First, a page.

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Standardized by the Object Management Group (OMG) in 1997, the Unified Modeling Language (UML)Footnote 1 has emerged and established itself as both a de facto and a de jure standard in industrial development of software systems . This was due in part to its versatility, which enables its use as general-purpose language, and also to its ability to be customized through its profiling mechanisms  to directly support concepts specific to individual domains, organizations, or projects.
The various developments grouped under the common heading of Model-Driven Engineering (MDE)Footnote 5 were conceived with this goal in mind. At the core of MDE is the notion that models should serve as primary artifacts in software development, as opposed to being merely optional support facilities for analysis and documentation. Abstracting away unneeded (often target-related) details, models can tame complexity and allow developers to better focus on the key design concerns of their applications . In other words, models allow developers (i.e., not necessarily experts in programming) to define complex functions in a more human-centric way than if using traditional programming languages.
More specifically, the portion represents a lamppost system in terms of its software functionalities, physical devices and allocations. In terms of UML, LampPost_ Functional represents the root software composite component, which contains six software components. Connections between software functionalities are achieved through connectors via ports. Behavioral descriptions of the software components are defined in terms of UML state machines, for defining the overall behavior by means of states and transitions, and Alf, for specifying fine-grained actions. The state machine diagram describing the behavior of the type ManagerR is shown in the upper right corner of Fig. 2.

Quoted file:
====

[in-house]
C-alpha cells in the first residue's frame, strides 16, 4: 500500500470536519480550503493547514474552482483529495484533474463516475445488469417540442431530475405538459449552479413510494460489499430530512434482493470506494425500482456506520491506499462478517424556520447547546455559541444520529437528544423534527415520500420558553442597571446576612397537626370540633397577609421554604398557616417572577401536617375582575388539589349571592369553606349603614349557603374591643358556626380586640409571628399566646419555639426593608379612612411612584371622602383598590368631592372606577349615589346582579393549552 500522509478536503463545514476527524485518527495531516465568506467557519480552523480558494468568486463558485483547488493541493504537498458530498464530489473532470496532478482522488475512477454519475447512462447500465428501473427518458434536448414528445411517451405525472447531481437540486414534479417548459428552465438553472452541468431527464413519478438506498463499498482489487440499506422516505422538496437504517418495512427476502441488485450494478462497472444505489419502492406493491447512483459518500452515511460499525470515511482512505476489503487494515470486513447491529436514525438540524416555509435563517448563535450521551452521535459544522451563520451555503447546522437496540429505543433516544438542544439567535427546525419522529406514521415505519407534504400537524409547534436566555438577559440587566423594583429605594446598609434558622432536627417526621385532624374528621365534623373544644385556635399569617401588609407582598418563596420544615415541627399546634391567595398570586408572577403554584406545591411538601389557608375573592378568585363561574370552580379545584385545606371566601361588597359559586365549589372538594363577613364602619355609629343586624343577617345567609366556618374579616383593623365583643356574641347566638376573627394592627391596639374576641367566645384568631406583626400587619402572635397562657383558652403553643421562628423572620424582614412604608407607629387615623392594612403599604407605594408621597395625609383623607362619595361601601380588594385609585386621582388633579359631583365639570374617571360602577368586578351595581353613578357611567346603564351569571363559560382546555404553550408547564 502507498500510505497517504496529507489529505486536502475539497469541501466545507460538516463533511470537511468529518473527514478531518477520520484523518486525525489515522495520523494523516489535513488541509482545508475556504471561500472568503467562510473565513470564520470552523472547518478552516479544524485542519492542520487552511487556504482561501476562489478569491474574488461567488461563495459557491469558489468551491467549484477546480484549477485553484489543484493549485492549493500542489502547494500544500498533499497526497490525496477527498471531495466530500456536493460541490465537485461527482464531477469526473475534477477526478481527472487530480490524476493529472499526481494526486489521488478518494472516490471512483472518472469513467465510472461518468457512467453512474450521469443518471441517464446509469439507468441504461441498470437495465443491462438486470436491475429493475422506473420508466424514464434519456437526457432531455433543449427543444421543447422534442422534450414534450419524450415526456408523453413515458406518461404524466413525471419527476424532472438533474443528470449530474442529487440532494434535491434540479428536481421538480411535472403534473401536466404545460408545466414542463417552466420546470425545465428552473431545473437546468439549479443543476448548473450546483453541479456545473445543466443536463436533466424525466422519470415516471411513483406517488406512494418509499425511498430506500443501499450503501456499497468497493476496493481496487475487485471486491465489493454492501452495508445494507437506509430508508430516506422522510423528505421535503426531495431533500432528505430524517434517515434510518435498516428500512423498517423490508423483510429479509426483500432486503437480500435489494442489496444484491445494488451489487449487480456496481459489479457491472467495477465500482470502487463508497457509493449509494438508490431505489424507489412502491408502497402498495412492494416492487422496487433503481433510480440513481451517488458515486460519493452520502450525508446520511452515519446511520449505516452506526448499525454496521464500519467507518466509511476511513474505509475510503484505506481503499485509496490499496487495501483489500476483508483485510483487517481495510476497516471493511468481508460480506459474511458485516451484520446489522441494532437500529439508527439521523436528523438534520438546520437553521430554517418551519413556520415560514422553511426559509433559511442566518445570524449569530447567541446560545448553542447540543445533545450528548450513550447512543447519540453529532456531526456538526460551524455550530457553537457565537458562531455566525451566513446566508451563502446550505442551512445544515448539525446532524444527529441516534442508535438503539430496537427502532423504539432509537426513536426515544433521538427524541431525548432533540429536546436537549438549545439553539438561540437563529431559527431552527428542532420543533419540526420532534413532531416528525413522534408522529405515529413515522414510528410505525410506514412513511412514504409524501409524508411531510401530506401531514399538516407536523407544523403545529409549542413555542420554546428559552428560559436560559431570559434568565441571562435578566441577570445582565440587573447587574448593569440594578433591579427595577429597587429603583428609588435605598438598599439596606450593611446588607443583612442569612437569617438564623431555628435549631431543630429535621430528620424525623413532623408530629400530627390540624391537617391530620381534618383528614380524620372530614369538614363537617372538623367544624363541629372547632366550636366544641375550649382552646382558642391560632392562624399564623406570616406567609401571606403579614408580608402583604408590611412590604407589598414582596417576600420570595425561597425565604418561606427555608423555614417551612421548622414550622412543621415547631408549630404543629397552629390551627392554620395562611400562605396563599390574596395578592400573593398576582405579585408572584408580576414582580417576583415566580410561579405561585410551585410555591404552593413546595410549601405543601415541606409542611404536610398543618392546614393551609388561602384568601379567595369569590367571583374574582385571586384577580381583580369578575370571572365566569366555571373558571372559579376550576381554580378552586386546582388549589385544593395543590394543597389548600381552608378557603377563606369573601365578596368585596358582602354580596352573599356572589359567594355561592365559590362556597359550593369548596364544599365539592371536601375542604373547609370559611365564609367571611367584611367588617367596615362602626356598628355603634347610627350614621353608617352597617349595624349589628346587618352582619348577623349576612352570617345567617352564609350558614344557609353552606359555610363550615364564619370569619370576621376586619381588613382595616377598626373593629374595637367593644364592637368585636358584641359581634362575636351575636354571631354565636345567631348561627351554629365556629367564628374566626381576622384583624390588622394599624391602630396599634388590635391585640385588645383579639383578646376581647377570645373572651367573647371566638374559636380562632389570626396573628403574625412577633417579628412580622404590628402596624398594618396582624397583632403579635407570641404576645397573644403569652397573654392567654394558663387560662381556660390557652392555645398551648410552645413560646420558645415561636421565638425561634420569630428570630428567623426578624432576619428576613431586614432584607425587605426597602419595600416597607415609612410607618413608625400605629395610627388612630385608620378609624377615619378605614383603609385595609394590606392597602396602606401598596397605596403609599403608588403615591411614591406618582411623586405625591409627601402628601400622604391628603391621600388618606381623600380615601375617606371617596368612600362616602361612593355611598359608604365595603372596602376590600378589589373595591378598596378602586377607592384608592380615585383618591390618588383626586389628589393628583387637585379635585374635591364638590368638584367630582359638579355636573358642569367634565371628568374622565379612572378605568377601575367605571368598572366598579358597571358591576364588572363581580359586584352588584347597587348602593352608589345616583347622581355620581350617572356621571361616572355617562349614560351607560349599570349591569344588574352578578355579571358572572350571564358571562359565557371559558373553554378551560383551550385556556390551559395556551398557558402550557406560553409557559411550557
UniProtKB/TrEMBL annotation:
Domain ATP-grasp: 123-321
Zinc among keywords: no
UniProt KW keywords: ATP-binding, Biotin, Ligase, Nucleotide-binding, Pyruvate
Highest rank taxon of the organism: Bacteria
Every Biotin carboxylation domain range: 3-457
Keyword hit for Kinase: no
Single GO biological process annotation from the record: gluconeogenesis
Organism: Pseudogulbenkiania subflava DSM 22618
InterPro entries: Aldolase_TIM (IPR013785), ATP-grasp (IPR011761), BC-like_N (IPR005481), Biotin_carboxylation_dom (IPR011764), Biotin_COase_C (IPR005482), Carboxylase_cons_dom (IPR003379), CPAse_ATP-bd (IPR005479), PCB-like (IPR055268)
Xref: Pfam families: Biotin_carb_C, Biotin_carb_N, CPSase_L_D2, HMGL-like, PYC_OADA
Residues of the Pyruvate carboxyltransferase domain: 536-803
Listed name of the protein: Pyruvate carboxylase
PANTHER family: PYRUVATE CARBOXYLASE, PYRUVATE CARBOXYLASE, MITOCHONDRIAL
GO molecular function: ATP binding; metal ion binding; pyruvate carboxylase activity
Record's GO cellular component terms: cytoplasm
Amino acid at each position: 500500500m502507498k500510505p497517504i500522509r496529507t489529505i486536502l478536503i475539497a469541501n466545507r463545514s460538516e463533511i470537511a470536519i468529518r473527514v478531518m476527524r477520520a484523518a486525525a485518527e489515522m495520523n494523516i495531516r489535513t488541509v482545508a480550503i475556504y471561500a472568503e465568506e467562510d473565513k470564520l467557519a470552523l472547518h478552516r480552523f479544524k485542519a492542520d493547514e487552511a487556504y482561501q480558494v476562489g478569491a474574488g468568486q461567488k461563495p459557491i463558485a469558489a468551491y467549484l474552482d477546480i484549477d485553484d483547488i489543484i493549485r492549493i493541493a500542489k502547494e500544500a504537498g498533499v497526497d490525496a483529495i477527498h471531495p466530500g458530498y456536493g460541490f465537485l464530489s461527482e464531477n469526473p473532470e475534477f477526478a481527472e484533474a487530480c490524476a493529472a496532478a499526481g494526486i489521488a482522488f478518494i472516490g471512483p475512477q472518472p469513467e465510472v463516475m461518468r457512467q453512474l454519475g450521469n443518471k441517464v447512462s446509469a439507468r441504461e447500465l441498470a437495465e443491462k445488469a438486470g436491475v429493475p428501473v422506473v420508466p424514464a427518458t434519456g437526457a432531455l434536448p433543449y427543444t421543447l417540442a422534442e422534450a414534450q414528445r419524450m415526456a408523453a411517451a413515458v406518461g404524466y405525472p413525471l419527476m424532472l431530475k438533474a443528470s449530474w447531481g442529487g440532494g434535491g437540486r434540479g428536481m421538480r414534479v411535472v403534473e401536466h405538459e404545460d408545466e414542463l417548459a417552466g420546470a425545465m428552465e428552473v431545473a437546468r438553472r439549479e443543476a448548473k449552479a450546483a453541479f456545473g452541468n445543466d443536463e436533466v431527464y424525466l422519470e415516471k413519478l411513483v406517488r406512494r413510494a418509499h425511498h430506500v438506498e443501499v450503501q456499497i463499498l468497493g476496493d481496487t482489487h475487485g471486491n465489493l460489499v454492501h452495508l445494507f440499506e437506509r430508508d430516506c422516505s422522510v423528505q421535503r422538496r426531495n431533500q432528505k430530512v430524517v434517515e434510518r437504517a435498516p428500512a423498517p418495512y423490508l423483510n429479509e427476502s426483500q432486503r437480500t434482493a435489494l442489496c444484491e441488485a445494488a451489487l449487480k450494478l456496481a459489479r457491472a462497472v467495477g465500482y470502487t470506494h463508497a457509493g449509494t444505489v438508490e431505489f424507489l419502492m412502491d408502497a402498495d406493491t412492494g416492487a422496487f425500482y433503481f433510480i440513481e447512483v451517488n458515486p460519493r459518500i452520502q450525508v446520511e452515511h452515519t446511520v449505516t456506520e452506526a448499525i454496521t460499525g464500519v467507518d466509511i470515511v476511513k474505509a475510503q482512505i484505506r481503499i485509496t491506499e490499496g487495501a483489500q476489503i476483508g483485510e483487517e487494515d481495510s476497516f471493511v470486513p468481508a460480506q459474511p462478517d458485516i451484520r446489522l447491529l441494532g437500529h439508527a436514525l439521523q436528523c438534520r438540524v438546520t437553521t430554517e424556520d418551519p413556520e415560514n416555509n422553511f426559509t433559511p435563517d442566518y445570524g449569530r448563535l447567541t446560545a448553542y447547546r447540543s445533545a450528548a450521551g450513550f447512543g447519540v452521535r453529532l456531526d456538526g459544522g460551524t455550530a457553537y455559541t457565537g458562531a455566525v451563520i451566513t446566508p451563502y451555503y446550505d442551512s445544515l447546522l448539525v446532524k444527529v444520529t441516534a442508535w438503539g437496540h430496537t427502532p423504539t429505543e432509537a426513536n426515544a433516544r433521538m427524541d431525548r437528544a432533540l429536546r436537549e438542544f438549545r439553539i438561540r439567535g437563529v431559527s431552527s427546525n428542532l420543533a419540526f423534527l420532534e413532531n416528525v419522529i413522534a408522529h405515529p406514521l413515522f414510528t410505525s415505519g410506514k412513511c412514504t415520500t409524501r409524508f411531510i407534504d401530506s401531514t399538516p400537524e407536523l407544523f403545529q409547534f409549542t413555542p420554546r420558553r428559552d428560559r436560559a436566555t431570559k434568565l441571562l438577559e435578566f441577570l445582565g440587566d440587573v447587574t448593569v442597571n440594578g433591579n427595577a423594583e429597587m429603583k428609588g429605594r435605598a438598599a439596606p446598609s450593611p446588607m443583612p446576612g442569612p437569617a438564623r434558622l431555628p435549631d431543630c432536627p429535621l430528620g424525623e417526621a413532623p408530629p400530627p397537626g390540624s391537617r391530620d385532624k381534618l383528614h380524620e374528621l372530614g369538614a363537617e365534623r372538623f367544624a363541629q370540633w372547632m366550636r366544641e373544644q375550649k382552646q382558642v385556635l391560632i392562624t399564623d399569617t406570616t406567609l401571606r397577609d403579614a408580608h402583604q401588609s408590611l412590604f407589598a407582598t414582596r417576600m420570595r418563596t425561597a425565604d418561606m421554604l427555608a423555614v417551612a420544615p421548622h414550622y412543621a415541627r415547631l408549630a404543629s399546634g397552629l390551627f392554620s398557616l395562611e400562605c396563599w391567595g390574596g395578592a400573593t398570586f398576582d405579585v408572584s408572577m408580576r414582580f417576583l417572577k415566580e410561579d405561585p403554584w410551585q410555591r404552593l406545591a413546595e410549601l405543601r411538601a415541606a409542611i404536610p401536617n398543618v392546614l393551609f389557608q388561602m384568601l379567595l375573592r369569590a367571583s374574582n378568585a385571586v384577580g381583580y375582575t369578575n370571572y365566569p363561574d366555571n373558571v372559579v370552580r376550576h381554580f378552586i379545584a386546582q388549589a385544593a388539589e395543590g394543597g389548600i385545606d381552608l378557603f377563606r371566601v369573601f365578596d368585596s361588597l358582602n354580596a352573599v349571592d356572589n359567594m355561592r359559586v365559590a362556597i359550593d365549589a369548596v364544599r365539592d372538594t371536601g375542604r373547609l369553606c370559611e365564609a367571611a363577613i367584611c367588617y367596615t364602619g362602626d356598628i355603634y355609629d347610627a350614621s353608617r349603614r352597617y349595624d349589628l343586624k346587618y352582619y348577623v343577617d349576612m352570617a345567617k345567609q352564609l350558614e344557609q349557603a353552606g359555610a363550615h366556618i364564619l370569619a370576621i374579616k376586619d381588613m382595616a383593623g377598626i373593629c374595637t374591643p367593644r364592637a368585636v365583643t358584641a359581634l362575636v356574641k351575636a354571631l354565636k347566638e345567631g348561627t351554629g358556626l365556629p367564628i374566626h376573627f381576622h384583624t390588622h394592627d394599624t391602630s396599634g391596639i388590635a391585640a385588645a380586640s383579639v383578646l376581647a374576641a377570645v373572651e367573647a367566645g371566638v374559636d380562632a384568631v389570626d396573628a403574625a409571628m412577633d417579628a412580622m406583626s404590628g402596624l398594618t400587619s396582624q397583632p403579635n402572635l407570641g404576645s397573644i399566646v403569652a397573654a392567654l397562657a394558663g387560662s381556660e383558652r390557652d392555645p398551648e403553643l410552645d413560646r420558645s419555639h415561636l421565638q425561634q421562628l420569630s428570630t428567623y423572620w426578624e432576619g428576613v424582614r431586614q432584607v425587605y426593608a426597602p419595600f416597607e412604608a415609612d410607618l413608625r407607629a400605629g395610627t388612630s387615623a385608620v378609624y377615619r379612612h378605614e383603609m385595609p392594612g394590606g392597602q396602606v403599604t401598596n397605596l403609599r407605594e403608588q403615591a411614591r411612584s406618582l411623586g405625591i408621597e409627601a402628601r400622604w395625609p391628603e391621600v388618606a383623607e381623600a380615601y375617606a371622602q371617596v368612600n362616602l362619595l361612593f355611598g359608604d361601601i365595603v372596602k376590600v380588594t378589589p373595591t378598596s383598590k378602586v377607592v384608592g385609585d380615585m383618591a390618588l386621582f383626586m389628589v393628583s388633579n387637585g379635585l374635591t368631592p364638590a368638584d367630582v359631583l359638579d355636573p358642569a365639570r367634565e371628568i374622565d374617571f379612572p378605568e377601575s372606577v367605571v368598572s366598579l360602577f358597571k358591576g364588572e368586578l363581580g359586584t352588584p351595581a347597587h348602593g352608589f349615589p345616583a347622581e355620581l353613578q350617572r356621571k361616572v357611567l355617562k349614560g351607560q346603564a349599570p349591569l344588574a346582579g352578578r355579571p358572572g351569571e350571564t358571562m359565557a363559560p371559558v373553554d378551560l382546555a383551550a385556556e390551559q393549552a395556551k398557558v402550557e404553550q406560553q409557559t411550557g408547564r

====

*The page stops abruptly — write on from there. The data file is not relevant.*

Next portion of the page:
1. Initial search In this stage, we performed automatic searches on electronic databases and indexing systems . As suggested in , to cover as much potentially relevant literature as possible, we chose four of the largest and most complete scientific databases and indexing systems in software engineering: IEEE Xplore Digital Library, ACM Digital Library, SCOPUS, and Web of Science.
Required UML diagrams This parameter represents the non-empty set of UML diagrams required by the analyzed solution to be used when modeling a software system (Fig. 9a). Class (48/82), state machine (36/82), and activity (33/82) diagrams represent the most commonly required model representations, often in combination. Overall, the expected trend is that both structural and behavioral models are used when defining executable models.
Software platform This Boolean parameter specifies whether the generated executable is meant to run on a specific software platform (e.g., OS, user-defined middleware, runtime libraries). The landscape of solutions is balanced with respect to this parameter (see Fig. 12b).
The Technology Readiness Level (TRLFootnote 18) is proposed as a systematic metric/measurement system for assessing the maturity of a particular technology, and is defined as an integer n where \(1 \le n \le 9\). Consequently, the readiness level of an analyzed solution and can be one of: \( LOW \) if \(n \le 4\) (i.e., if the solution was either formulated, validated or demonstrated at most in lab), \( MEDIUM \) if \(5 \le n \le 6\) (i.e., if the solution was either validated or demonstrated in the relevant environment), and \( HIGH \) if \(n \ge 7\) (i.e., if the solution was either completed, demonstrated, or proven in operational environment). We assigned a TRL value depending on how the solution was validated. It is important to note that the TRL parameter refers to the whole proposed solution (e.g., the realization of the whole tool chain, if available) and on how it has been evaluated (e.g., its feasibility has been tested via a simple example, or it has been validated in an operational environment).
Finally, we can notice that recent technological trends are reflected in the types of systems, such as mobile robotic systems (7/63) and mobile apps (3/63). This shows that UML can be successfully used for modeling and executing modern software systems.